Strict Gender Expectations Are Harming Children Across the Globe

A new study demonstrates that enforced gender expectations can harm children, pushing them toward unhappiness, depression and even suicidal thoughts.

Entitled “The Global Early Adolescent Study: An Exploration of the Factors that Shape Adolescence,” the study appears in the October edition of “Journal of Adolescent Health.”

Researchers from Johns Hopkins University and other leading experts examined data gathered from children between the ages of 10 and 14 from across 15 countries, all of which ranged in levels of wealth and development. This data gathering involved interviewing around 450 teenagers, as well as their parents, and asking them questions relating to their perceptions of gender and the enforcement of gender roles.

“What we’ve learned is that there’s more commonality than differences in 10-year-olds across the world,” lead author Robert Blum explained. “We were very surprised to see such universality of the myth that boys are strong, confident and leaders, while girls are weak and incompetent, who should be quiet and follow.”

The research spanned the United States, Bolivia, Belgium, Burkina Faso, China, the Democratic Republic of Congo, Ecuador, Egypt, India, Kenya, Malawi, Nigeria, Scotland and South Africa. Despite the very different cultural standards in these nations, children faced surprisingly strong and uniform gender expectations. And both girls and boys are harmed by these enforced gender roles.

When it comes to female development, adolescent girls are treated, in effect, as ticking time bombs. As one commentary paper on this research described, these girls are viewed as “the embodiment of sex and sexuality.” As a result, girls in the study reported being under strict vigilance and management — right down to how they are allowed to sit, to dress, to speak and/or conduct themselves when out in public. A girl who arrived home late would face suspicion and severe punishment, one child noted.

By the same token, pubescent boys are often seen as predators. Commentary on the research notes that the “boys are trouble” myth leads to a lack of emotional support for boys. Young women may also be punished for speaking to men, and soft reinforcements of this division between boys and girls may take the form of social isolation and stigma.

If children dare to stray from these gender expectations, which can be perpetuated by parents, schools, clergy and peers, they face harsh treatment in the form of ridicule, shame and, as other research has corroborated, threats of violence.

This social pressure amounts to highly contrasting but similarly damaging experiences for girls and boys. Girls undergoing puberty may experience a shrinking world as society tells them to act properly, to stay home due to safety concerns and to remain chaste and pure until marriage.

Therefore, girls become isolated and face higher risk of punishment if they step out of line. For example, if a young teenager gets pregnant, she can face significant stigma that can dramatically impact her future prospects and forever mark her as having failed to live up to the standards of what a “good girl” should be.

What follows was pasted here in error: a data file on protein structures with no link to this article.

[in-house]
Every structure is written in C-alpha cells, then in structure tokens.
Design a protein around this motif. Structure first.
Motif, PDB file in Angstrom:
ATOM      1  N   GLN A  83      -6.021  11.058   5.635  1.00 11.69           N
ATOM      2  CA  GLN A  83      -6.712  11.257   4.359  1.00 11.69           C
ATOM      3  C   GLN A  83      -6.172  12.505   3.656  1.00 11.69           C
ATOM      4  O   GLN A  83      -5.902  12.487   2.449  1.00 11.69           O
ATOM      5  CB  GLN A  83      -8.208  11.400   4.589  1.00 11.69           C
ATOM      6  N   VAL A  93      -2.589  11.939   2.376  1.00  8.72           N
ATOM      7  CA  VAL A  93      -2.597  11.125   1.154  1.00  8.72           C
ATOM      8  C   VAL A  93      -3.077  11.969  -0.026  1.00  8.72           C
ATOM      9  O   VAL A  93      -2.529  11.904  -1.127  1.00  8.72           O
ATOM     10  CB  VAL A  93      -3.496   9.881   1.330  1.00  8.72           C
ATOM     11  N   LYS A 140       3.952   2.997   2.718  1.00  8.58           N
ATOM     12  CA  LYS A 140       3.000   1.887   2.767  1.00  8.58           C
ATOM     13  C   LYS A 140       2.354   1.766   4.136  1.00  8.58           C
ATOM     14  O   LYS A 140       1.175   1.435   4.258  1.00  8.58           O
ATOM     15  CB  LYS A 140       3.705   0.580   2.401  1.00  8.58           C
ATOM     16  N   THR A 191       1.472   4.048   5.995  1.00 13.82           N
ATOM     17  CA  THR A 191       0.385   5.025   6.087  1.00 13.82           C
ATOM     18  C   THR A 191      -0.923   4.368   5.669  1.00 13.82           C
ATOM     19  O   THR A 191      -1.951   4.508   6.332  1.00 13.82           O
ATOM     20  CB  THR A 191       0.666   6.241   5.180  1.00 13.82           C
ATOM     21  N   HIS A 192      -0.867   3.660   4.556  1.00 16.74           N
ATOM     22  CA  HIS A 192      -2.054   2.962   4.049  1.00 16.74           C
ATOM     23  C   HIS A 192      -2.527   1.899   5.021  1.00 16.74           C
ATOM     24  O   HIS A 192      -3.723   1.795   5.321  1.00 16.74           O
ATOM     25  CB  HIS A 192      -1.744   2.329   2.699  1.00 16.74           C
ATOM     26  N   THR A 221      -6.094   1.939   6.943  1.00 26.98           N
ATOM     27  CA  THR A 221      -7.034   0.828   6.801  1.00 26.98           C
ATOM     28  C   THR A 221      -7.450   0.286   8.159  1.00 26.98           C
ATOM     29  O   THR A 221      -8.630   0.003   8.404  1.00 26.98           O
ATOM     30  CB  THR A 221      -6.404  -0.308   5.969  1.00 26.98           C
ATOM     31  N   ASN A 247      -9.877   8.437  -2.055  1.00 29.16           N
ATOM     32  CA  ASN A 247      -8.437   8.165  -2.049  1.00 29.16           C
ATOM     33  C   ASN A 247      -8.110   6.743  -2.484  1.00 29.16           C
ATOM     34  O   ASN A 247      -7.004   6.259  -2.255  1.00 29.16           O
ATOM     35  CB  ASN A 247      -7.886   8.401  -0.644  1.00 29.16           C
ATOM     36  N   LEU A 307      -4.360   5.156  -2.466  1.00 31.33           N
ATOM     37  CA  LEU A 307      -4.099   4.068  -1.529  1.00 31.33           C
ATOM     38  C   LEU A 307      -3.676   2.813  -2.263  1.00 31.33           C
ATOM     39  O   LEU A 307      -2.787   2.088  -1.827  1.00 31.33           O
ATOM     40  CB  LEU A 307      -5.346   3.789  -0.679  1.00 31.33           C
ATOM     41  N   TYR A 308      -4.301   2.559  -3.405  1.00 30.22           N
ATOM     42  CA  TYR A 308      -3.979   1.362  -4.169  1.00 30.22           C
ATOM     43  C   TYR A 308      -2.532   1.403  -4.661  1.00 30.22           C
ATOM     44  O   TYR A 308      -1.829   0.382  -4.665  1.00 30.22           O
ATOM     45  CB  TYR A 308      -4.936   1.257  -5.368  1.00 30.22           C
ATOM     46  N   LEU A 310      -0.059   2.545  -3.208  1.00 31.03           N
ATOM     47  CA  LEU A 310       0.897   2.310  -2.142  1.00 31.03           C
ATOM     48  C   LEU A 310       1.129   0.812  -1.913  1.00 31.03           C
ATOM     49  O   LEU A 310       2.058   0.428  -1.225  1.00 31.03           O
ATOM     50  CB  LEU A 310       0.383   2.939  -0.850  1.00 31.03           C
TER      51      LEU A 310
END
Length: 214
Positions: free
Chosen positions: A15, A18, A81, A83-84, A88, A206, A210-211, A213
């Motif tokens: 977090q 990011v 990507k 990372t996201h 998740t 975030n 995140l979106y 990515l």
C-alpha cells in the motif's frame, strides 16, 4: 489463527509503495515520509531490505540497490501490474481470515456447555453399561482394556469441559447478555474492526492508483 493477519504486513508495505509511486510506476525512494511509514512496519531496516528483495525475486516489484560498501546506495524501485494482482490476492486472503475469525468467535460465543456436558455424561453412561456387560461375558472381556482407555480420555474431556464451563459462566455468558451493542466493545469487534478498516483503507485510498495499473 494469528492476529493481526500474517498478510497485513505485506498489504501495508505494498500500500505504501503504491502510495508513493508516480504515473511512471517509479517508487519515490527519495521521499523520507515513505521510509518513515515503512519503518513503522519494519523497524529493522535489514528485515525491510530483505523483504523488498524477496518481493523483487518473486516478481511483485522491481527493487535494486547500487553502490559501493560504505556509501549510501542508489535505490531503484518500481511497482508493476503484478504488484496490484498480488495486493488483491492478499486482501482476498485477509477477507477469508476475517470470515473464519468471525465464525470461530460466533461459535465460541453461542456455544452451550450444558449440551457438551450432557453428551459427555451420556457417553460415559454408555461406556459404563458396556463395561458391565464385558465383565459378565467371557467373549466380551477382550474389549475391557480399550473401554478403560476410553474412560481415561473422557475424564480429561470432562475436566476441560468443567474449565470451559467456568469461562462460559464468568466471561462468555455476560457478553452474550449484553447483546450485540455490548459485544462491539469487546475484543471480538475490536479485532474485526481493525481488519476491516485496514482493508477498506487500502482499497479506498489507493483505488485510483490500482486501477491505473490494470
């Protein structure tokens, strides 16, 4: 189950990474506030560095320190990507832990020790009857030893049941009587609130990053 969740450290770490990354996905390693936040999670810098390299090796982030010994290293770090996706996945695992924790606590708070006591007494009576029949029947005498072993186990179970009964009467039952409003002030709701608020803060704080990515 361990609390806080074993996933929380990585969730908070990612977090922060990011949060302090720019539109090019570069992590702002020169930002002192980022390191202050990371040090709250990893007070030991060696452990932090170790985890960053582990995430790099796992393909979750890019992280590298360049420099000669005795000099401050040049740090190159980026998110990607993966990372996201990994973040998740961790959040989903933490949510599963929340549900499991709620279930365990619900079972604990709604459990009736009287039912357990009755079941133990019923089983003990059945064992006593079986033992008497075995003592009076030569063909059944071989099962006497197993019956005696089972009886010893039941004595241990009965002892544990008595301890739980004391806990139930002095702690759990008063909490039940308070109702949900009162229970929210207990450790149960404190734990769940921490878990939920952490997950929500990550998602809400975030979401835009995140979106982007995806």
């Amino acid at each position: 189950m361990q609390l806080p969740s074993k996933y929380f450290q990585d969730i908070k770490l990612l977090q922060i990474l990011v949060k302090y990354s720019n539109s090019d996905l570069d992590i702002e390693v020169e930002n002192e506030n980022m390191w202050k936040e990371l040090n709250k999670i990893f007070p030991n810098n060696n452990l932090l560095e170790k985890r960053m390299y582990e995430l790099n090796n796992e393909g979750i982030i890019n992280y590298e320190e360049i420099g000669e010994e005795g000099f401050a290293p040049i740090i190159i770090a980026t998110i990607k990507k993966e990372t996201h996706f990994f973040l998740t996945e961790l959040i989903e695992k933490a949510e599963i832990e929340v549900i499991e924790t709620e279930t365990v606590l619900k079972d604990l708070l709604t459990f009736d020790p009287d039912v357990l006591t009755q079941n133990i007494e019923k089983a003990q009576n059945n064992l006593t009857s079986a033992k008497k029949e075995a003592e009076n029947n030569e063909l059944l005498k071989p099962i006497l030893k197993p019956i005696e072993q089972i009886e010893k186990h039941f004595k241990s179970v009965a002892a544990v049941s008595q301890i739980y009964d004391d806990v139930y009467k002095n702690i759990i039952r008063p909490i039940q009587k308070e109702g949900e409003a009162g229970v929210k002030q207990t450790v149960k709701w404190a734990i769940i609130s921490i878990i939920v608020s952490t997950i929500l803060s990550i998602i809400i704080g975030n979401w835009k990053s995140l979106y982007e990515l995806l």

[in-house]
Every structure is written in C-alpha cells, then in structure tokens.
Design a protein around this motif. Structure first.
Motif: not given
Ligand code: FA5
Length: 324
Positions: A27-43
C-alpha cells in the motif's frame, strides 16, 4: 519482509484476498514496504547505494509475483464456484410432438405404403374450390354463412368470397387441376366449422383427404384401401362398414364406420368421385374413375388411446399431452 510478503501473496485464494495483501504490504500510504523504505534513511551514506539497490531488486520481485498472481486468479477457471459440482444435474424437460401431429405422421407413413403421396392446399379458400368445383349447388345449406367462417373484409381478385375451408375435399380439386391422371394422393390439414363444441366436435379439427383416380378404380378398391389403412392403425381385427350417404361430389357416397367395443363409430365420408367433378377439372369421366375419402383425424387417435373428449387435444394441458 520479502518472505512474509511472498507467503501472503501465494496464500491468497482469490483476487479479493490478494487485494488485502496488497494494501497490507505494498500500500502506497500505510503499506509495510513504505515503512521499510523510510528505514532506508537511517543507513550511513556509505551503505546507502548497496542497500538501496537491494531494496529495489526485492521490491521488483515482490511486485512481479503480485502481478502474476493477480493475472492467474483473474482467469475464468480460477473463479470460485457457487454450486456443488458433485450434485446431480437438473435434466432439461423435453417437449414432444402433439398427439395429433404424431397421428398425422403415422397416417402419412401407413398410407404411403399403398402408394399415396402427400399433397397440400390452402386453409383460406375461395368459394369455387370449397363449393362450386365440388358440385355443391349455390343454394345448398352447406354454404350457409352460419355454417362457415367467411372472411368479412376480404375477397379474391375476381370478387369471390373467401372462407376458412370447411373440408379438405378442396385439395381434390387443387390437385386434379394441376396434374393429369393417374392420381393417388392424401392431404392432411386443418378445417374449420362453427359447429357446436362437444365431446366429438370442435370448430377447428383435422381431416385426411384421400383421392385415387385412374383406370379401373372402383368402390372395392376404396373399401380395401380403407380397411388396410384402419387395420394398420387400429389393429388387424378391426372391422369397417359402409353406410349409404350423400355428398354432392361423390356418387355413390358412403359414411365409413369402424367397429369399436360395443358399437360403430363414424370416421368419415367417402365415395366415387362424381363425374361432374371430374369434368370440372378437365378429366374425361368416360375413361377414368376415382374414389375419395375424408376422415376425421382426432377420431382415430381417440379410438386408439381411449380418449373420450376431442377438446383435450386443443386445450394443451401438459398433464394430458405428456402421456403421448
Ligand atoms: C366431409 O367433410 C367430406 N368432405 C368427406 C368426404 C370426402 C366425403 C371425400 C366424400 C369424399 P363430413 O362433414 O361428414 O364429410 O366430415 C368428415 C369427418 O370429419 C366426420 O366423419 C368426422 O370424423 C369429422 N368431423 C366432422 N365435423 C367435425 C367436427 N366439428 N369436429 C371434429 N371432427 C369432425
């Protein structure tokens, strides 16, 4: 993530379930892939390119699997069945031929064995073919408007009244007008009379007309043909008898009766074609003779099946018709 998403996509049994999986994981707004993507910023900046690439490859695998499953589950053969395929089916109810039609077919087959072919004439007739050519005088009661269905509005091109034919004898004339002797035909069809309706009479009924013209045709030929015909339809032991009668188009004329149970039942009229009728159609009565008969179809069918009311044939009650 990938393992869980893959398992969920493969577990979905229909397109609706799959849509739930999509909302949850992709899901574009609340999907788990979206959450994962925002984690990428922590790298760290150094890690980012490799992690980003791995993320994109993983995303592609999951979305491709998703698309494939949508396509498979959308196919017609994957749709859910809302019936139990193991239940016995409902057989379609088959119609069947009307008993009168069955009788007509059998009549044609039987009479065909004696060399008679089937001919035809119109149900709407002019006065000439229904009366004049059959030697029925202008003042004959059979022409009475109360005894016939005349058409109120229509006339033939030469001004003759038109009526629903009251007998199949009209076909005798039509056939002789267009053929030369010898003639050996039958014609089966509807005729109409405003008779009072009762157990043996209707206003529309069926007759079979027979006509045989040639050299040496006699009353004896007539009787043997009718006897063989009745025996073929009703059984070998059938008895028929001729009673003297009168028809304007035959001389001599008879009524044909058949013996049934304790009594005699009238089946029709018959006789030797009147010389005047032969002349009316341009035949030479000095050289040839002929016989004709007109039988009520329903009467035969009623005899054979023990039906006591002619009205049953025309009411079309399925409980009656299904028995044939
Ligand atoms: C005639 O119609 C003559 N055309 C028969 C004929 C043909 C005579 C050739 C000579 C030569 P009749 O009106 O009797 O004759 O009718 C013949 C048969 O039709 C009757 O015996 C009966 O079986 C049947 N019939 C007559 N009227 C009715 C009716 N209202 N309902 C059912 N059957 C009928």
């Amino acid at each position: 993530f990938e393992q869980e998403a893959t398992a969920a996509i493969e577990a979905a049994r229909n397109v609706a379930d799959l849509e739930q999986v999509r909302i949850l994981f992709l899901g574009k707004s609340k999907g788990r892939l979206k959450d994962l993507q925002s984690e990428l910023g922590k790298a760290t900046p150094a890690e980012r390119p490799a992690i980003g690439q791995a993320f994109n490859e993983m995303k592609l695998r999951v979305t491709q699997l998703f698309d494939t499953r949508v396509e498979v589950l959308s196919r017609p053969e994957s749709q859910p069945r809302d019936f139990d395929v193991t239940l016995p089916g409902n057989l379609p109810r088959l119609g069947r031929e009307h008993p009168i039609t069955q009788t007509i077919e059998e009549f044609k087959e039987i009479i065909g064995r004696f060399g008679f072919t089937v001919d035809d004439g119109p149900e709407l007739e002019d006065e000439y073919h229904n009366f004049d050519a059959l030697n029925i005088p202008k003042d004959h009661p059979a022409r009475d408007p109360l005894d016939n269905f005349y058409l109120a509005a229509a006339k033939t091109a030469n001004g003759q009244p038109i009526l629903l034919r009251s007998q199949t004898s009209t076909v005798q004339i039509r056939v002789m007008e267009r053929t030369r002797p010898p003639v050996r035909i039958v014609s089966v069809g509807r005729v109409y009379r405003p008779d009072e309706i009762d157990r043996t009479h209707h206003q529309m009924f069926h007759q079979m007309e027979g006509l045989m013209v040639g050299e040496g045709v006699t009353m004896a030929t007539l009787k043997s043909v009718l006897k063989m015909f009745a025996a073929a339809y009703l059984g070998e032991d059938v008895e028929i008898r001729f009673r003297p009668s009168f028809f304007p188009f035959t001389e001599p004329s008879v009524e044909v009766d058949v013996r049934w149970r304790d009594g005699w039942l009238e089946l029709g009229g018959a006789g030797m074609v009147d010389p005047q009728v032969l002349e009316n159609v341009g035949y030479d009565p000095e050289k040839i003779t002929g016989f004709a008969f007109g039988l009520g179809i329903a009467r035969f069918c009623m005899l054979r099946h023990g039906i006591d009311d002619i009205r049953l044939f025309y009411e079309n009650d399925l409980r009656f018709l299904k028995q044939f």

While it might sound as if boys are awarded unlimited freedom, they are often lack the support to understand their own emotions, behaviors or actions. Researchers found that boys are almost expected to impregnate girls, to get into fights and to be aggressive. If they do these things, they are punished. But if they do take that route, they could be treated by their peers — or even their parents — as not being “man enough.”

This vicious cycle — one that sounds alarmingly like toxic masculinity – continues when boys grow up and teach their children what it means to be men or women.

Strict gender expectations increase the likelihood that girls will experience child marriage, be forced to leave school early and fall victim to violence and depression. Similarly, boys face elevated risk of violence and a higher likelihood of substance abuse problems and suicidal ideation.

All of these so-called gender expectations arise far earlier than we might expect, with stereotypes beginning at infancy. But enforcement of those gender roles really takes hold during puberty – and that’s the ideal time to intervene.

We can support children in discovering who they are by ensuring equity both at home and in school. Of course, none of this research seeks to erase the manifest ways in which boys and girls might differ, but it stresses that we shouldn’t enforce preconceived notions about gender. Children should be raised as human beings, not gender characteristics.

Dismantling gender norms isn’t easy, but science seems to suggest that by removing these kinds of restrictions, we can make our children healthier and happier — something all parents want.

Photo Credit: Joseph Gonzalez/Unsplash

46 comments

Marie W
Marie W8 months ago

Thank you for posting.

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Mike R
Mike Rabout a year ago

Thanks

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Mike R
Mike Rabout a year ago

Thanks

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Carl R
Carl Rabout a year ago

thanks!!!

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Carl R
Carl Rabout a year ago

thanks!!!

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Stephanie s
Stephanie Yabout a year ago

Thank you

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Stephanie s
Stephanie Yabout a year ago

Thank you

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Stephanie s
Stephanie Yabout a year ago

Thank you

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Kelsey S
Kelsey Sabout a year ago

Ty

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Naomi Dreyer
Naomi Dreyerabout a year ago

Gender expectations are slowly changing.

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